In an age when brands are increasingly reliant upon digital delivery of marketing messages, penetrating ‘brick and mortar’ spaces where consumers are at their most receptive to suggestions is proving a challenge. If the majority of decisions are made once the consumer is in the shop, browsing the aisles – how do you influence them in that moment?
The answer seems to lie in making the supermarket more ‘intelligent’ – but this is fraught with difficulty.
There has been a lot of buzz recently about Amazon GO – an intelligent store without cashiers – but the equipment needed to make this work – motion-tracking sensors and cameras, etc – looks prohibitively expensive for wide scale roll-out. So far only one upscale store in Seattle has it.
Adobe is trialling a system where brands can reach consumers in real-time through their mobile phones, but the problem with this is that it relies on consumers being happy with Adobe tapping into their mobile devices and making advertising suggestions based on their personal data. With GDPR looming, along with increasing consumer distrust, I find it hard to believe this system will work effectively.
One example that I believe does have mileage is Smartcart – a Finnish technology start-up that offers shoppers a seamless digital platform, not unlike an iPad, that is physically attached to every shopping cart in the store. It reacts to customer’s movements, product preferences and, like a ‘Google’ of the supermarket, allows customers to search for items and locate them. It contains all products, prices and availability, will assist with creating an easy to use shopping list – and even suggest recipes based on ingredients.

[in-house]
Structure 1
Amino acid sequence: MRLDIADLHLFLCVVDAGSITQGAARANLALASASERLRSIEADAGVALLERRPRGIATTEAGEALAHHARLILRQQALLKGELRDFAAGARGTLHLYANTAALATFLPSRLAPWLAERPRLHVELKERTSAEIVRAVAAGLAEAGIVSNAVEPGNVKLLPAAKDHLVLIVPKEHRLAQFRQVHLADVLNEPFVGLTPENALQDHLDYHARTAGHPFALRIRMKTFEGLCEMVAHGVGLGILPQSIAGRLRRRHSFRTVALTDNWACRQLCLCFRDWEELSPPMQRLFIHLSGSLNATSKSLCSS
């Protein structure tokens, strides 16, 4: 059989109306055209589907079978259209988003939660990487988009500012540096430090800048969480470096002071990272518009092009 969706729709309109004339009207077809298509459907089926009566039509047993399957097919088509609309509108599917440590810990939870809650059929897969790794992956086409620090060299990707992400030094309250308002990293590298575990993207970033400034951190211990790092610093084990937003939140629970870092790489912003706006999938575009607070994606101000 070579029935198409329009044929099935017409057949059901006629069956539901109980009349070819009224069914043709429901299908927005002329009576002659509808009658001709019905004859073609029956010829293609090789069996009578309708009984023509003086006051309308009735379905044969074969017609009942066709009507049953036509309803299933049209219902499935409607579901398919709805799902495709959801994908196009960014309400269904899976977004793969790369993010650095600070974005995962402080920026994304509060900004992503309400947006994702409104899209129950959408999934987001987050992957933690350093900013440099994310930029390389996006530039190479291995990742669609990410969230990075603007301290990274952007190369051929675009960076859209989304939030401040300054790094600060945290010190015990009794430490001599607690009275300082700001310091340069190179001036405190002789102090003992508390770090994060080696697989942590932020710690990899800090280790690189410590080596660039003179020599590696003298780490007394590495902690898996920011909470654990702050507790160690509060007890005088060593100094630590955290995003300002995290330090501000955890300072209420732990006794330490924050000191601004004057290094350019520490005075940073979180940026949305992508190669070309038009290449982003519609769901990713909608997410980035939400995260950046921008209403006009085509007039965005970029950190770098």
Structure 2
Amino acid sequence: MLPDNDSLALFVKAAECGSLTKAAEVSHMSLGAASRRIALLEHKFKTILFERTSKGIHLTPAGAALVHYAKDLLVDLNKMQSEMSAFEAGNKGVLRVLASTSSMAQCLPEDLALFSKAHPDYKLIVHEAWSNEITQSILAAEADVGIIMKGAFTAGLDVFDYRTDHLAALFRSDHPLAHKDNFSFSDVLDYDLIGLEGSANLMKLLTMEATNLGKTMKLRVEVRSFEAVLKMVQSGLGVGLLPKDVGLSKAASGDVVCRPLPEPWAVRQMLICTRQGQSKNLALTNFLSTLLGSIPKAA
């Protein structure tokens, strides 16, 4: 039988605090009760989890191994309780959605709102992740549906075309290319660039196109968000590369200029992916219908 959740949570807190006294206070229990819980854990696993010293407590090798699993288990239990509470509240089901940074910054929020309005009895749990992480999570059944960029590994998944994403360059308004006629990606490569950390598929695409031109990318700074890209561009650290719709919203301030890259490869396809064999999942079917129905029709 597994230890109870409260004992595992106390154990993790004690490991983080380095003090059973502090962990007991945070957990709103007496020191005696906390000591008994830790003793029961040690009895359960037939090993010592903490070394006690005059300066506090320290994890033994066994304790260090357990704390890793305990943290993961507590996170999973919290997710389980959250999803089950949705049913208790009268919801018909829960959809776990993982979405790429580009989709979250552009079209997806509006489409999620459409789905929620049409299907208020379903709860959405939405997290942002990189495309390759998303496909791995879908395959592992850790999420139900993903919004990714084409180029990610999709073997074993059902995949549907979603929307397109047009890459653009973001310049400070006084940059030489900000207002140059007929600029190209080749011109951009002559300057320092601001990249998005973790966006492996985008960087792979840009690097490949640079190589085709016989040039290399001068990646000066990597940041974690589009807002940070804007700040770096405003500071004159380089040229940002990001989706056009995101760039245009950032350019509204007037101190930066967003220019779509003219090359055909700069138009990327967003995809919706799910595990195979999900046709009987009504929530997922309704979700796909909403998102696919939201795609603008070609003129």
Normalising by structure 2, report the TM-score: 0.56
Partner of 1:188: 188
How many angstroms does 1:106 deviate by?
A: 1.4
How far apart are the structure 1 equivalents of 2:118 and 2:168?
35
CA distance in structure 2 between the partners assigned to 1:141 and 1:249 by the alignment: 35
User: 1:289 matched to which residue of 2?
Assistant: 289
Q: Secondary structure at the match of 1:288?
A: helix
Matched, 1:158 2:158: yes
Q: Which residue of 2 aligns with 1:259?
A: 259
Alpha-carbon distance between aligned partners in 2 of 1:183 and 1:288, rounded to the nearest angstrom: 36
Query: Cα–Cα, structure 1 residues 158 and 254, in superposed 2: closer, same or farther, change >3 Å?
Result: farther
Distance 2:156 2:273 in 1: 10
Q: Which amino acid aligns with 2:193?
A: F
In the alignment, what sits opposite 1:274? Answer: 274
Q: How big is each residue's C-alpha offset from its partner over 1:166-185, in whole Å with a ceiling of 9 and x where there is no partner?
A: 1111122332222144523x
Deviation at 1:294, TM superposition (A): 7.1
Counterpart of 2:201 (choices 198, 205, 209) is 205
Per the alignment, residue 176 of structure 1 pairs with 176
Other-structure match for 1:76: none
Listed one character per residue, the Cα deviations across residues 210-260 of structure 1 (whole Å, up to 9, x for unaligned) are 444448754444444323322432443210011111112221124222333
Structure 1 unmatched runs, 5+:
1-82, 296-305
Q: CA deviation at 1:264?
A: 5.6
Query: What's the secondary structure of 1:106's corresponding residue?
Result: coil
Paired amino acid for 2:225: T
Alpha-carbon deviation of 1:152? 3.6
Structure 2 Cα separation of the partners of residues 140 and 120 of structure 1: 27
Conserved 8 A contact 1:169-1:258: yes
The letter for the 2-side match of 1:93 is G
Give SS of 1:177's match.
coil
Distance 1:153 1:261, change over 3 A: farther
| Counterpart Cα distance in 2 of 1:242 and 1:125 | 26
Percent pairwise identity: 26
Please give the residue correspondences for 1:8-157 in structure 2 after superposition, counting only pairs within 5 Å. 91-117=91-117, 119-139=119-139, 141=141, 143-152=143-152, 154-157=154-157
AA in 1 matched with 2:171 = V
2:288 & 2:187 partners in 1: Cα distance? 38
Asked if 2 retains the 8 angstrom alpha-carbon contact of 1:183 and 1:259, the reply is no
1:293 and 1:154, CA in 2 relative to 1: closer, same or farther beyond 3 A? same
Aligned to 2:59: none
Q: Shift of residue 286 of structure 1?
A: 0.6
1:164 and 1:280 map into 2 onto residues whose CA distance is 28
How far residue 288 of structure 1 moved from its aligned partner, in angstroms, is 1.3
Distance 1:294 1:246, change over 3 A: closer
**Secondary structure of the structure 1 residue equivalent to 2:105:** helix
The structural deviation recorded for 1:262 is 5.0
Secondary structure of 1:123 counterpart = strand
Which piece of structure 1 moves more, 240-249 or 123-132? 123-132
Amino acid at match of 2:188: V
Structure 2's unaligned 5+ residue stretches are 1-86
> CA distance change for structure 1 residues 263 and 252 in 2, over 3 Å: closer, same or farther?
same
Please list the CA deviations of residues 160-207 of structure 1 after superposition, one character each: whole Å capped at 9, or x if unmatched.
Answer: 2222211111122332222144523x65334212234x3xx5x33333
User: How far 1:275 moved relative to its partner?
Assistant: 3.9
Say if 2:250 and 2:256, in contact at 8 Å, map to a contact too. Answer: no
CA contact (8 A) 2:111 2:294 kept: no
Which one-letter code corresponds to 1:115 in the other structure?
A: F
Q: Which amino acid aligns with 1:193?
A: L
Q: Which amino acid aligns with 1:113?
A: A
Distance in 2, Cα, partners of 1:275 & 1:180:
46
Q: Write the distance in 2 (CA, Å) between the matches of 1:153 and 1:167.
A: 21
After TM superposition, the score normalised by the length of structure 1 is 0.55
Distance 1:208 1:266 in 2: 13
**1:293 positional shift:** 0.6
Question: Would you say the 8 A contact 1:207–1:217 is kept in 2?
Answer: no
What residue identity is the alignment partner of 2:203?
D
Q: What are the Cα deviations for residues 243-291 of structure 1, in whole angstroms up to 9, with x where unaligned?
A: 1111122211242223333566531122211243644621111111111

Currently Smartcart operates across 40 cities and over 50 medium and large supermarkets in Finland – but has plans to grow internationally, with a move into Latin America mooted for 2018.
Now, for full disclosure, I have to declare an interest in all of this. Since 2016, the Lifestyle Research Centre at emlyon has been working with Smartcart to investigate how new digital media impacts the changing consumption habits in stores, and also what the customer’s perception of such marketing tactics are. Earlier this year, along with the Kuulas Helsinki and Sailer research agencies, we carried out the largest digital retail marketing study ever done in Finland.
Looking at eight supermarkets across Finland, all equipped with Smartcart, we collected data from 761 consumers and filmed 100 ‘consumer journeys’ – and the results were extremely interesting.
57% of participants said that the product offers and advertising offered were useful to them, with advertising deemed most useful by 18-24 year olds and those aged between 45 and 65 years old. Those most interested in watching video content were women aged between 50 and 55. In contrast, only 14% said that they would rather be advertised to through social media such as Facebook.
The study also identified three distinct consumer groups with their own preferences. Price-conscious consumers are most concerned with finding lower prices, while Determined shoppers are more worried about optimizing the time spent in the store – both of these groups were only receptive to ideas and suggestions that allowed them to meet these specific objectives. However, the third group, Experience Seekers, were driven by exploration of new products, recipe ideas, in-store promotions and, most interestingly, inspiring suggestions. This group actively wants to be fed information that they otherwise would not have. Not surprisingly, this was the group that expressed the most positive reaction to Smartcart.
So – in a world where consumers increasingly want advertising to be well targeted and tailored to their needs, it’s clear that the ‘intelligent supermarket’ is the next logical step. But as consumers become ever-more weary of how companies procure the information to make this possible, it’s also clear that digital marketers have some significant hurdles to jump to be wanted and useful, rather than a nuisance.
Perhaps this is why Smartcart is currently the best bet for success. It benefits both the customer and the marketer (not to mention the shopkeeper). Customers get useful information when they need and want it most, and marketers get the opportunity to get their message to consumers when they are most likely to be influenced. In my eyes, this is a winning formula – but only time will tell!
This study was presented by Margherita Pagani during the Digital Lifestyle Research Day, Ecully, Dec. 4th, 2017.